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More on Reconciliation

Lenten meditations on justice and peace

by Robert Waldrop

Sunday, March 22, the Fourth Sunday of Lent

Joshua 5:9, 10-12; Psalm 34; 2 Corinthians 5:17-21; Luke 15:1-3, 11-32

Again the Church returns us to the parable of the Prodigal Son.

Again we read of how the religious hypocrites pointed fingers at Jesus and whispered, "There goes that Jesus. See how he welcomes sinners and eats with them."

Again we read of a son who took his share of the inheritance and went off to a far country and blew all of his cash on high living.

Again we read of his fall from prosperity to penury, of his hunger, of his decision to return home and be a servant in his father's house.

And again we read of the welcome of the Father -- who sees him coming and rushes out to welcome him home in joy and relief.

It's not an accident that this parable comes up twice in this cycle of Lenten readings.

Paul tells us that those who are in Christ become new creations. God has reconciled us to himself through Christ. We are to go and do likewise, to minister reconciliation, to heal those who are wounded, welcome those who are rejected, stand in solidarity with the despised and marginalized, all those who are pushed to the edge of society by those with power, authority, assets, and status.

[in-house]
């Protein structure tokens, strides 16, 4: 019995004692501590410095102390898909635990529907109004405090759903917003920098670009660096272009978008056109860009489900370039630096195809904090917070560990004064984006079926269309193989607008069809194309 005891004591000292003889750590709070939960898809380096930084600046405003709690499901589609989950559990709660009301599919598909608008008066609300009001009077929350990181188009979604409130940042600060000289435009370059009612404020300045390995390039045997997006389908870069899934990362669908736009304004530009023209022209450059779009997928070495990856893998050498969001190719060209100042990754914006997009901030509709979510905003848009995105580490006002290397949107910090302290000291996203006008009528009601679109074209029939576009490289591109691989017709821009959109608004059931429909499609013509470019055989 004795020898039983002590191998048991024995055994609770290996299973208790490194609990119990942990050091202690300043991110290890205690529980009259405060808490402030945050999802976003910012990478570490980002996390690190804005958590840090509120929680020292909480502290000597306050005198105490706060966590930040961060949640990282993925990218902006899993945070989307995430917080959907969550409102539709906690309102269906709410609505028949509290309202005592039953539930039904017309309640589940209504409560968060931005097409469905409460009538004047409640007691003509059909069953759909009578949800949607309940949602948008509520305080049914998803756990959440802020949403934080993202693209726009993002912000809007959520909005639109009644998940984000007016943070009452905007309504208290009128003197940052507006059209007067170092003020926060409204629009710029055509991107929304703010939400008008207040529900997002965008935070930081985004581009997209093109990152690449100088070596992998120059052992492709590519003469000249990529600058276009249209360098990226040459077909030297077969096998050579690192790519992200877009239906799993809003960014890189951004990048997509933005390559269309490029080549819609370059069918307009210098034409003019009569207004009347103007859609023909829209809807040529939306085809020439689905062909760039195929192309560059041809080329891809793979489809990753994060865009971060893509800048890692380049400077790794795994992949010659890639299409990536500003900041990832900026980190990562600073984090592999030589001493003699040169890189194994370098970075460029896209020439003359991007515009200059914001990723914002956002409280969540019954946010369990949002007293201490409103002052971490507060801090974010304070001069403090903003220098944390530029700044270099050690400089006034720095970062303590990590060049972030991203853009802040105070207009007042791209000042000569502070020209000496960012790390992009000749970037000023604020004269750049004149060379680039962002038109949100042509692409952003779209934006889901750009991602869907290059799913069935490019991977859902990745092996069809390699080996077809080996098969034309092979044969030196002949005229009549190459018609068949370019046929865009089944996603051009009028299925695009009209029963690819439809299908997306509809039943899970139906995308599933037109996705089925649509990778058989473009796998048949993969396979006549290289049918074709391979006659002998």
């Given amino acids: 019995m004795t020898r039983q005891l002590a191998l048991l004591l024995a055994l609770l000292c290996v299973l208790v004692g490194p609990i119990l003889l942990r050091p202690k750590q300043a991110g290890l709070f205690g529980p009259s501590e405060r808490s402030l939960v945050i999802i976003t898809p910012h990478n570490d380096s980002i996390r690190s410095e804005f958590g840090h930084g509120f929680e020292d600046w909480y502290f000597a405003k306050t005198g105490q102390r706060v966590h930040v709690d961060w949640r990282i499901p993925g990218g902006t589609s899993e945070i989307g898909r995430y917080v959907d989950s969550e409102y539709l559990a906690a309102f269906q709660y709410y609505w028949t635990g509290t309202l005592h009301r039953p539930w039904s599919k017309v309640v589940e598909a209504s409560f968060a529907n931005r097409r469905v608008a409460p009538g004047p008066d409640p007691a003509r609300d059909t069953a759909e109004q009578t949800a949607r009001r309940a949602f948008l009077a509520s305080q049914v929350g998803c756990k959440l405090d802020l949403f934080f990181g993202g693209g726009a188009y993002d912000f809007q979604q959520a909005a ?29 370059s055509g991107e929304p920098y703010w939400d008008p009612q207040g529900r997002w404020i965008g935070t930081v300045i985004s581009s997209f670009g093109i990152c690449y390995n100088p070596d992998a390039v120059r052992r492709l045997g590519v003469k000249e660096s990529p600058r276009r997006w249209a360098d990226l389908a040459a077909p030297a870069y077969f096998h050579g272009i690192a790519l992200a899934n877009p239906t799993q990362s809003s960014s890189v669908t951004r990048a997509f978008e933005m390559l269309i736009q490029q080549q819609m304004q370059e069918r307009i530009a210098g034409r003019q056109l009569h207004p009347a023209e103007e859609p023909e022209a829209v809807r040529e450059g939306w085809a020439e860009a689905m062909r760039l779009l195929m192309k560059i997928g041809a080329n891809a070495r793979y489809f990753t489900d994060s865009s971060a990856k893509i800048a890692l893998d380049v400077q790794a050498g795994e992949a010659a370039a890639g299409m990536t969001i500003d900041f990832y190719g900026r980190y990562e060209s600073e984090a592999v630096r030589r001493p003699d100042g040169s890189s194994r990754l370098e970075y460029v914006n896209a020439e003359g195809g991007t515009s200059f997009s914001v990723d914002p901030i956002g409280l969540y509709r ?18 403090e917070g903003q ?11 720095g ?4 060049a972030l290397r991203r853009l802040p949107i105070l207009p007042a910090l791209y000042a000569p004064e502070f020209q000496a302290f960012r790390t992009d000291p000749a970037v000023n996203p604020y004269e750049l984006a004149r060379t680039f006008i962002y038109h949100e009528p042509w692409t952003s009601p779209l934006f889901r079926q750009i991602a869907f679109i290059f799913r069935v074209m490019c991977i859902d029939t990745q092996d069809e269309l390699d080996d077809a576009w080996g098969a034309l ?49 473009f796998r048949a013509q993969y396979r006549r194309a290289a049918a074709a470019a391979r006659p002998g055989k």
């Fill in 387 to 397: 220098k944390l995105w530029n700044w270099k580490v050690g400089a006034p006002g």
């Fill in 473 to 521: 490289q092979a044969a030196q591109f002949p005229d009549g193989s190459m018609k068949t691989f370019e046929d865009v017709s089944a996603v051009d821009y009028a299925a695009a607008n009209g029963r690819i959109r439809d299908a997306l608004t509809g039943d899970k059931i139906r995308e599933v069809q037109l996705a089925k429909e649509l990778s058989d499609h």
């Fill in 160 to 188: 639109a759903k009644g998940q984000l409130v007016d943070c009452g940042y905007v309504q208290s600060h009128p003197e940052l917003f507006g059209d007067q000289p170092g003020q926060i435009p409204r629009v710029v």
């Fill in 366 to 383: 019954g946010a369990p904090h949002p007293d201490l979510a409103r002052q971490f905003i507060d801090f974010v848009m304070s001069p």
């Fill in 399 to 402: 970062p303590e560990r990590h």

It's not easy. But it is necessary.

Reconciliation seems to require the willingness to take risks for the sake of the Gospel, to be ready to sacrifice position and status in order to correct the wickedness that caused the breech and bring about a right resolution. Indeed, without such risk-taking, reconciliation would seem to be impossible.

A further challenge to reconciliation is when the reconciliation isn't wanted by all concerned, or when there is little communication among the parties. But it would seem to me that we don't have to rely solely on our own strength, but we can access grace and the love of God to help us break down the barriers that separate and divide us. On November 9, 1989, the peoples of East and West Berlin took pickaxes and began to tear away at the Berlin Wall. Today, the Wall is no more. A seemingly impenetrable wall of separation and division gave way miraculously (there is no other way to describe it) to unity and peace.

This perhaps can be a model for us in terms of reconciliation. Sometimes you just have to take your pickaxe and go chip away at a large barrier. It's crazy to think that with your little implement you could move a barrier as massive as the Berlin Wall. But if it happened once, it can happen again.

Prayer intentions today:

+ For all who are locked in prisons of fear, despair, and division, that reconciliation will be theirs, we pray to the Lord.

+ For all those who create prisons of fear, despair, and division, that they will repent of their wickedness and open their hearts to reconciliation with their victims, we pray to the Lord.

Praxis today:

+ Take your pickaxe and start chipping away at the Berlin Wall.

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